Why should you hire a garden designer?

Design knowledge, planting expertise and precision draughtsmanship

Table of Contents

The role of a garden designer

The function of a garden designer is a complex and multi-disciplined job role.

A good garden designer needs to be part engineer, part draughtsman, a horticultural expert, have an artistic flair and an incredible spatial awareness. In addition, they need to understand contract law, health and safety regulations, planning issues, and technical specifications and think in three dimensions.

They are effectively “Architects of your Garden”.

By hiring a landscape designer they should provide you with:

  • A design brief
  • A full site and soil analysis
  • A garden survey
  • Advice and help with contracts and legal aspects
  • Mood Boards
  • Sketch and master plans of the garden
  • Plant Plans
  • Construction and Cascade Drawings
  • A design specification
  • Recommendations of good contractors
Top plan of a garden

The Design Brief

What is a design brief?

In basic terms a design brief is simply a list of your ideas and wishes for your garden. Think of it as a shopping list of your requirements.
For example:

  • Wide flower borders
  • Multi-stemmed tree
  • Shed
  • Greenhouse
  • Large patio
What should the design brief contain?

This will depend on what you want your garden to be used for and also the limitations of the site and its surroundings.
Think about what needs to be considered about your site before compiling your wish-list of garden ideas. For example:

  • Do you have a particular garden style in mind?
    • Cottage garden,
    • Tropical,
    • Nature garden or
    • Formal style.
  • What will be the function of the garden?
    • Relaxed seating
    • Outdoor entertaining
    • A productive garden growing fruit and vegetables
    • Do you wish to have lighting?
      • Would you like to include water?
    • What plants do you want to keep?
      • What do you want to lose?
How does it influence the plan?
  • It informs the designer of your intentions for the garden.
  • It is then used determine the design as well as the processes needed to achieve your garden goal.
An urban garden design. A courtyard garden with pergola and seating. These add to the cost of a garden makeover.
Key Plan - used to create construction drawings

Full Site Analysis

A site analysis is one of the most important processes that will affect the outcome of the design. It is a series of practical steps that helps the designer understand and define the outdoor space that will eventually become your dream garden.

What does a site analysis entail?

A site analysis is used to consider all the aspects of your garden and how it’s current condition might affect the future design.

What information is recorded?

What is recorded will depend on the layout, aspect, elevation and the nature of the garden’s surroundings, sometimes called the genius loci or ‘the spirit of the place’.

For most gardens the following information is recorded. This is not an extensive list and in some gardens some of this information is not needed.

  1. The garden’s size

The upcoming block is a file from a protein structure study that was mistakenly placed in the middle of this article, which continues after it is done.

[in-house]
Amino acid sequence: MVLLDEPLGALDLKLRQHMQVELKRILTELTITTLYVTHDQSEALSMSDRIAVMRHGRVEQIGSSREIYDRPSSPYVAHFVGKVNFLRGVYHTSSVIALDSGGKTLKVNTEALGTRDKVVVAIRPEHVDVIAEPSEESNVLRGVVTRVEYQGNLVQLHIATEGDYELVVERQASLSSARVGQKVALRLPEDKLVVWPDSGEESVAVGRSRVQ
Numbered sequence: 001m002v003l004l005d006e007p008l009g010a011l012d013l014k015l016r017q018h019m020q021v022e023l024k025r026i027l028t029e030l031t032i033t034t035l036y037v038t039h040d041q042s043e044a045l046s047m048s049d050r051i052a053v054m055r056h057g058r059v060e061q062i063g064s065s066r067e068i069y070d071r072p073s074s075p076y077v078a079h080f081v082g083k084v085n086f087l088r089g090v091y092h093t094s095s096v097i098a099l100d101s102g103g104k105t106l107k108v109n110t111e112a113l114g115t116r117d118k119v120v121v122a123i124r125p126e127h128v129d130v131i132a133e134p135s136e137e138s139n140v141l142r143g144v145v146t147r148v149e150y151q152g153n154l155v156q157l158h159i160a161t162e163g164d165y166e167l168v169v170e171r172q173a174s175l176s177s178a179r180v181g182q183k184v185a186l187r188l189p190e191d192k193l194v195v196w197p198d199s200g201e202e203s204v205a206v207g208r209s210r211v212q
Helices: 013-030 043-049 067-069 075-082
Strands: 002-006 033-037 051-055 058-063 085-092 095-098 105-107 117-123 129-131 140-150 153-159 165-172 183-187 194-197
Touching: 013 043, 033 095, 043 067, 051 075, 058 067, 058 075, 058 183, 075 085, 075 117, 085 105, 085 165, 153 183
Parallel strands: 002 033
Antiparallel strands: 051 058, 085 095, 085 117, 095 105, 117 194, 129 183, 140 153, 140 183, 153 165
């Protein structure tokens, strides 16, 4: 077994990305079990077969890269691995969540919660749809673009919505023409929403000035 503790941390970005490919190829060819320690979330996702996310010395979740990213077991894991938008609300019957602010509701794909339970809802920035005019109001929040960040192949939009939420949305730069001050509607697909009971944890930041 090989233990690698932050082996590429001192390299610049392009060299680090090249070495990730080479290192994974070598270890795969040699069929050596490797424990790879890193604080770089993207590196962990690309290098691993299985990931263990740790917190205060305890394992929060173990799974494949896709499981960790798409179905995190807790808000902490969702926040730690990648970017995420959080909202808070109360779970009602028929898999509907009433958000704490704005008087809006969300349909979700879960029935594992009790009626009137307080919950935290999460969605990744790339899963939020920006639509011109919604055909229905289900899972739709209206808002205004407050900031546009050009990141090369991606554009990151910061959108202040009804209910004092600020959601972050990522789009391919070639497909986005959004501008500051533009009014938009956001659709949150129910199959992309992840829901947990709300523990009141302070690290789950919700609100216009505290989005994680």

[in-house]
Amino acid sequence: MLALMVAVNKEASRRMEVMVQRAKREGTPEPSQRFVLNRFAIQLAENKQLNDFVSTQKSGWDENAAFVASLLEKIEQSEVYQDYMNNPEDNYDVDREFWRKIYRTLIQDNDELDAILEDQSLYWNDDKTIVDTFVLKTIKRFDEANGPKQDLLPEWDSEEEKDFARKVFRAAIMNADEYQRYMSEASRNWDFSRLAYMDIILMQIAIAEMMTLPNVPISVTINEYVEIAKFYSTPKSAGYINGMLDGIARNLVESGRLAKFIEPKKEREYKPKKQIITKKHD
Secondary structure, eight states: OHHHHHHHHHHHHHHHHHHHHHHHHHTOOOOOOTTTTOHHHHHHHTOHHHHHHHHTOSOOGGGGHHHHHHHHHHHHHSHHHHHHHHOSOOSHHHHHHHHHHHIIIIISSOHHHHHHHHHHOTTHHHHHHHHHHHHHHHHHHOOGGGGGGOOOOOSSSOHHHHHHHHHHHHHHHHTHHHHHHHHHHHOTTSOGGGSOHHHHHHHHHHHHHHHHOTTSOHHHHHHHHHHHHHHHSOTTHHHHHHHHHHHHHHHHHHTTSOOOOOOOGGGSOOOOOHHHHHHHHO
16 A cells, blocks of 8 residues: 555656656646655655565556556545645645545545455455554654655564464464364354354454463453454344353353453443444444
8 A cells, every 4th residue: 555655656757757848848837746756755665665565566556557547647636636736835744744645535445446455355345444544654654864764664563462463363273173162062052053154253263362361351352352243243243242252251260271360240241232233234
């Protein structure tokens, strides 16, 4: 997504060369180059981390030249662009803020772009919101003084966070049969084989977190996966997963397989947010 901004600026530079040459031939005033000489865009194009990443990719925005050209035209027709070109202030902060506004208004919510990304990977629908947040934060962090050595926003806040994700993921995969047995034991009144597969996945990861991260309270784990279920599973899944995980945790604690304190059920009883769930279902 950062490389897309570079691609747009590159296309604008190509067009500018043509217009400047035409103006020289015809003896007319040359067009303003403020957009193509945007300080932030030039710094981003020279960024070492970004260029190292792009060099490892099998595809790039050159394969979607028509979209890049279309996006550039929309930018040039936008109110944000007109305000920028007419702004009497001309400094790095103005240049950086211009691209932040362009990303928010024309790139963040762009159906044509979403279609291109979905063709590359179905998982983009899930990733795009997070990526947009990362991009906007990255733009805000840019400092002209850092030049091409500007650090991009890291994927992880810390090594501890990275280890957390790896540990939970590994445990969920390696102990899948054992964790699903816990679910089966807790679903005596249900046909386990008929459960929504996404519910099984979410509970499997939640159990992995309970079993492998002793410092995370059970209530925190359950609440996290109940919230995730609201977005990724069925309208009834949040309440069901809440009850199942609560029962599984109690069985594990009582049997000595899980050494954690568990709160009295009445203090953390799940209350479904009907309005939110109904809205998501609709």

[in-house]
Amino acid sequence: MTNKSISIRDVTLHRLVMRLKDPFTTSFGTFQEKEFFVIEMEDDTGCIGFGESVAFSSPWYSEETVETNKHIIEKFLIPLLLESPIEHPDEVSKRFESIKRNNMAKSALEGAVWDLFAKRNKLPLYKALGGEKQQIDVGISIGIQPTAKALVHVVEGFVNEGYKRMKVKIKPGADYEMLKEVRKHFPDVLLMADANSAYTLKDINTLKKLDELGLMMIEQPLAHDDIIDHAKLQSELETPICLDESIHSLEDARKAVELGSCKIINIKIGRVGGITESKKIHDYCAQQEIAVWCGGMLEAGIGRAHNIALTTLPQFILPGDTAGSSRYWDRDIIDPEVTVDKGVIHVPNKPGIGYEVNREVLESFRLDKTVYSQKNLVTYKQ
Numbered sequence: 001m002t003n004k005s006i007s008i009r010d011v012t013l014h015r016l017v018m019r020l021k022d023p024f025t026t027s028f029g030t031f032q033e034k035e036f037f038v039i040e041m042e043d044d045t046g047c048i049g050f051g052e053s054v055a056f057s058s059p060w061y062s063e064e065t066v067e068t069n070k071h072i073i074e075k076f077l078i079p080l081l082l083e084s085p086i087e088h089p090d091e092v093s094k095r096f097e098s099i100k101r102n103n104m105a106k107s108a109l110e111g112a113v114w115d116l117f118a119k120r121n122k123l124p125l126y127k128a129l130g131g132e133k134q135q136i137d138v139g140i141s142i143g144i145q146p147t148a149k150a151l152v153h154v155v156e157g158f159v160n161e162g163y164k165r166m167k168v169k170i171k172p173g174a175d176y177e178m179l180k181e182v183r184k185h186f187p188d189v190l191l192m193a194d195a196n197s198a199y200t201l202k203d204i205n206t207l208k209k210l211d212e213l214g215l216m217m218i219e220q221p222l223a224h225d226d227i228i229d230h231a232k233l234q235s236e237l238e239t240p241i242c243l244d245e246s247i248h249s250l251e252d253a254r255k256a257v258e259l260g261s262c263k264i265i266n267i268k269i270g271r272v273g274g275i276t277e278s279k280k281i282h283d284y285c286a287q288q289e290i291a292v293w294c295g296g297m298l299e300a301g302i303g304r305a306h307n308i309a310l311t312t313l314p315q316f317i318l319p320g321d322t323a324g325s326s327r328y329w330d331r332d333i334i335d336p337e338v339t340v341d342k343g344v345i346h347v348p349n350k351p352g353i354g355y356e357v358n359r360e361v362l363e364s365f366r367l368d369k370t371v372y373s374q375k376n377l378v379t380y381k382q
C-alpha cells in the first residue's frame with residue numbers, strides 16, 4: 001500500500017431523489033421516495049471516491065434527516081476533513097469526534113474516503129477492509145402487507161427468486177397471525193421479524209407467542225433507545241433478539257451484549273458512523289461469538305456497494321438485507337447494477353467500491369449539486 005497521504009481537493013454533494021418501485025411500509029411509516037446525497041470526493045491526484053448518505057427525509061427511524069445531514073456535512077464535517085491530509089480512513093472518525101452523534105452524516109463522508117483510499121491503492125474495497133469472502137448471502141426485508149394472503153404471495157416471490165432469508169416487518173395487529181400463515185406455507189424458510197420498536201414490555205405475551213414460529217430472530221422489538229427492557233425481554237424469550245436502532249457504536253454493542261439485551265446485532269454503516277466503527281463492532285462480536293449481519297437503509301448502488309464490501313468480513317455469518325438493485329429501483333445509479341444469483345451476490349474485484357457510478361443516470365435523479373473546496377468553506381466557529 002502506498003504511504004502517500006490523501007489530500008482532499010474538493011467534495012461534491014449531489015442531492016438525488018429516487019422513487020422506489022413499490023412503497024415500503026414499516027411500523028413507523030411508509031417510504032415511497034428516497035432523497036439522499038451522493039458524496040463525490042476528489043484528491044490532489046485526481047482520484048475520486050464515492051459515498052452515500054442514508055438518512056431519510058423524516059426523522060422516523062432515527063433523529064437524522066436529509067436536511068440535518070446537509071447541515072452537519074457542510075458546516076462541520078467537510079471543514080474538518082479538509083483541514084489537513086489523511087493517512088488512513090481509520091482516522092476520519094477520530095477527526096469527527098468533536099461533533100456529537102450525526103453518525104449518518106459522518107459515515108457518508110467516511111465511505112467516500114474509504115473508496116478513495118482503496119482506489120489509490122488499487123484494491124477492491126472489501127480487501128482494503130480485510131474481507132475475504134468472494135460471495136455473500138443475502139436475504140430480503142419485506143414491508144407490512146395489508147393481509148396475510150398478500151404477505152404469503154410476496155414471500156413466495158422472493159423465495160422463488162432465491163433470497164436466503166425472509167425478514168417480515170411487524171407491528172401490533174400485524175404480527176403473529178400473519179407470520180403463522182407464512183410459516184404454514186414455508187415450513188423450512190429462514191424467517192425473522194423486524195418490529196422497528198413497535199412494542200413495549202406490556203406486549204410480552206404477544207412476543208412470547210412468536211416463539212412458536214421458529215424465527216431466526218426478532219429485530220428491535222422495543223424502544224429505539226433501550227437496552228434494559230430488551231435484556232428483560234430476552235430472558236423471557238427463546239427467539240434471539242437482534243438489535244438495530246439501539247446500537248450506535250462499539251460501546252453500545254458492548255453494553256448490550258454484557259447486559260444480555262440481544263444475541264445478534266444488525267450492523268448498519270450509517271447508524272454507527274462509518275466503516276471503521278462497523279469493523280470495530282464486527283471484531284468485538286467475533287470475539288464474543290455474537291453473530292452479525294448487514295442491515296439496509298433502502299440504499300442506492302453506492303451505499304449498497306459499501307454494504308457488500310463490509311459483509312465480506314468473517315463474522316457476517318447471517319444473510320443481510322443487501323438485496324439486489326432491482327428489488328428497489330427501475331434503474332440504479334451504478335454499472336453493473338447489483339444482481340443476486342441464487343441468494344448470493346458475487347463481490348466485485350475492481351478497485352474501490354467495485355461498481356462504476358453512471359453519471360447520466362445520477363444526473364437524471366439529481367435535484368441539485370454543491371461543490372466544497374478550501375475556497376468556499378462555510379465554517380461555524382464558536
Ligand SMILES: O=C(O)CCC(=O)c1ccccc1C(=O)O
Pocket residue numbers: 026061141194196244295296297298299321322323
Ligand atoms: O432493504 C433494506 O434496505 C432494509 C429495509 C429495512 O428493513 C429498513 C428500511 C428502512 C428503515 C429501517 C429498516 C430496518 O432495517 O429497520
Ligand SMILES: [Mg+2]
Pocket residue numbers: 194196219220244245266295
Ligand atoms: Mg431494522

2. The height of boundaries: hedges, walls or fences
  3. Entrances to the garden
  4. Access for machinery
  5. Orientation: The direction of the sun across the garden
  6. Existing trees and shrubs
  7. Slopes
  8. Existing drainage
  9. Light quality: do trees or buildings restrict the amount of sunlight
  10. Existing views: both good and bad
  11. Soil analysis

Garden Survey


Why an accurate survey is important?

To ensure your garden is built to the highest standards, an accurate survey must be made of the site.

Precision is key, as inaccuracies can compound issues.

What is included in the survey?

A good garden survey will measure the house and its relationship to the garden.

For the house, it will note the house dimensions, positions of windows, doors, drainpipes, drains electrical, telephone and other cables, plus most importantly the height of the damp proof course.

By using triangulation the boundaries of the garden are determined alongside the positions of existing trees, shrubs, existing walls, paving drainage and utility access points.

The slope of the site is important too and measurements of site levels are imperative if the site needs steps or ramps.

Who does the surveying?

This will depend on the size and the type of site.

For small, simple and fairly flat plots we at Jon Norman Garden Design will survey the garden and the house.  This is a very useful and cost-effective solution as we can combine it with taking soil samples, doing the site analysis and photographing the site.

For larger plots or those with very steep levels, we would recommend that a professional surveyor will need to assess the site instead.

Talk to us about your dream garden project

Understand Contracts and Legal aspects of Garden Design

There are a number of legal aspects which should be considered by a garden designer.  The most common are:

Each of these comes into play potentially at different points throughout the design project and will depend on the size and complexity of your garden.

Building Regulations and Planning Permissions